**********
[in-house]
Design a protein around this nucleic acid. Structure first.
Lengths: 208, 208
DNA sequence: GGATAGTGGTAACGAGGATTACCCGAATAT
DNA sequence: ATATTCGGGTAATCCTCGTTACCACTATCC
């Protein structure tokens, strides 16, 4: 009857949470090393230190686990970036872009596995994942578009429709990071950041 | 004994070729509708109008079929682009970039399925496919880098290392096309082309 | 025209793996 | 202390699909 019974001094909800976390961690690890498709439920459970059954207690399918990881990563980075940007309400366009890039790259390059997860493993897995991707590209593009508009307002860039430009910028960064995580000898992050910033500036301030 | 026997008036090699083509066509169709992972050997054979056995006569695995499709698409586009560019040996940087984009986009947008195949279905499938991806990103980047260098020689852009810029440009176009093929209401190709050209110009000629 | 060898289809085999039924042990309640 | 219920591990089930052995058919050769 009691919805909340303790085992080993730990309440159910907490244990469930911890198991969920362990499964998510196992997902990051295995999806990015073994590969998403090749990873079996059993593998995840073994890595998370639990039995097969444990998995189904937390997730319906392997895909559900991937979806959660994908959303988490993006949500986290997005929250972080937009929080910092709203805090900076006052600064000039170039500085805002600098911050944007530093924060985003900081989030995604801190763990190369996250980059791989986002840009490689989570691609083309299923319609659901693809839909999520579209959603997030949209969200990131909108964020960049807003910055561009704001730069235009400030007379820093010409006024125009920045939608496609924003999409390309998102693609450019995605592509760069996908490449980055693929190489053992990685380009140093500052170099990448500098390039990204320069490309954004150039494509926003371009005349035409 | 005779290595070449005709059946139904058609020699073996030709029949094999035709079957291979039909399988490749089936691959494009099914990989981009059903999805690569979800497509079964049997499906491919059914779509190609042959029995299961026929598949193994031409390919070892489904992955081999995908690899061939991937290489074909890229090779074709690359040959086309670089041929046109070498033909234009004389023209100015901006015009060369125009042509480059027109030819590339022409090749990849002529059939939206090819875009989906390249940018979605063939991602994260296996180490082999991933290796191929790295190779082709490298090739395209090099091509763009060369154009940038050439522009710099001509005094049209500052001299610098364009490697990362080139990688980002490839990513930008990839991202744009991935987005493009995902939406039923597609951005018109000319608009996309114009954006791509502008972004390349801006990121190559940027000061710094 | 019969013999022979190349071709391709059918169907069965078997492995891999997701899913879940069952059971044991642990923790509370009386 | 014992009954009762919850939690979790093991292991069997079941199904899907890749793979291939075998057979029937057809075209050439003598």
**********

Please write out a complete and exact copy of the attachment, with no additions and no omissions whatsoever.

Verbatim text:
[in-house]
Design a protein around this nucleic acid. Structure first.
Lengths: 208, 208
DNA sequence: GGATAGTGGTAACGAGGATTACCCGAATAT
DNA sequence: ATATTCGGGTAATCCTCGTTACCACTATCC
């Protein structure tokens, strides 16, 4: 009857949470090393230190686990970036872009596995994942578009429709990071950041 | 004994070729509708109008079929682009970039399925496919880098290392096309082309 | 025209793996 | 202390699909 019974001094909800976390961690690890498709439920459970059954207690399918990881990563980075940007309400366009890039790259390059997860493993897995991707590209593009508009307002860039430009910028960064995580000898992050910033500036301030 | 026997008036090699083509066509169709992972050997054979056995006569695995499709698409586009560019040996940087984009986009947008195949279905499938991806990103980047260098020689852009810029440009176009093929209401190709050209110009000629 | 060898289809085999039924042990309640 | 219920591990089930052995058919050769 009691919805909340303790085992080993730990309440159910907490244990469930911890198991969920362990499964998510196992997902990051295995999806990015073994590969998403090749990873079996059993593998995840073994890595998370639990039995097969444990998995189904937390997730319906392997895909559900991937979806959660994908959303988490993006949500986290997005929250972080937009929080910092709203805090900076006052600064000039170039500085805002600098911050944007530093924060985003900081989030995604801190763990190369996250980059791989986002840009490689989570691609083309299923319609659901693809839909999520579209959603997030949209969200990131909108964020960049807003910055561009704001730069235009400030007379820093010409006024125009920045939608496609924003999409390309998102693609450019995605592509760069996908490449980055693929190489053992990685380009140093500052170099990448500098390039990204320069490309954004150039494509926003371009005349035409 | 005779290595070449005709059946139904058609020699073996030709029949094999035709079957291979039909399988490749089936691959494009099914990989981009059903999805690569979800497509079964049997499906491919059914779509190609042959029995299961026929598949193994031409390919070892489904992955081999995908690899061939991937290489074909890229090779074709690359040959086309670089041929046109070498033909234009004389023209100015901006015009060369125009042509480059027109030819590339022409090749990849002529059939939206090819875009989906390249940018979605063939991602994260296996180490082999991933290796191929790295190779082709490298090739395209090099091509763009060369154009940038050439522009710099001509005094049209500052001299610098364009490697990362080139990688980002490839990513930008990839991202744009991935987005493009995902939406039923597609951005018109000319608009996309114009954006791509502008972004390349801006990121190559940027000061710094 | 019969013999022979190349071709391709059918169907069965078997492995891999997701899913879940069952059971044991642990923790509370009386 | 014992009954009762919850939690979790093991292991069997079941199904899907890749793979291939075998057979029937057809075209050439003598």